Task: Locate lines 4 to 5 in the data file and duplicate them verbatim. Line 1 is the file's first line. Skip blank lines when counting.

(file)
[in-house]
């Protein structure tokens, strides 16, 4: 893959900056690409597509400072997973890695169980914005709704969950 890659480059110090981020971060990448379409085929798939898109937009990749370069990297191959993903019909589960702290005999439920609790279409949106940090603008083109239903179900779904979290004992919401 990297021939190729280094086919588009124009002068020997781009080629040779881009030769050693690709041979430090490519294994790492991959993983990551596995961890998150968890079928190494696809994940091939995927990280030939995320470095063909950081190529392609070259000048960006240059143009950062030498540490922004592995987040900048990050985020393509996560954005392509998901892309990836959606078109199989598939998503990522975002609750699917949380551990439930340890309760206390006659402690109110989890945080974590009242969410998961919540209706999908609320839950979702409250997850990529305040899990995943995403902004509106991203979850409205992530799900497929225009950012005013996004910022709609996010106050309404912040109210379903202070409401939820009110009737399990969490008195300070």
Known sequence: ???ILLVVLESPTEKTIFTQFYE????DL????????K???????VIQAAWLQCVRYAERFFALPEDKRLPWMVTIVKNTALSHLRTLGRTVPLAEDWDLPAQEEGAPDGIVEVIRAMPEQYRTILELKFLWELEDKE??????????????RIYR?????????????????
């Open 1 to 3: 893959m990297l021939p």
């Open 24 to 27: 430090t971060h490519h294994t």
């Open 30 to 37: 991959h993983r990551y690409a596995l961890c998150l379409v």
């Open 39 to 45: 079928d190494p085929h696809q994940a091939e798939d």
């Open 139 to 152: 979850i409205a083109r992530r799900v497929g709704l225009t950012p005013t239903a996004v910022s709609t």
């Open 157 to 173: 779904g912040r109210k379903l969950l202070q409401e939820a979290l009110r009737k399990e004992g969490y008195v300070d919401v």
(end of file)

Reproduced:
């Open 1 to 3: 893959m990297l021939p």
């Open 24 to 27: 430090t971060h490519h294994t």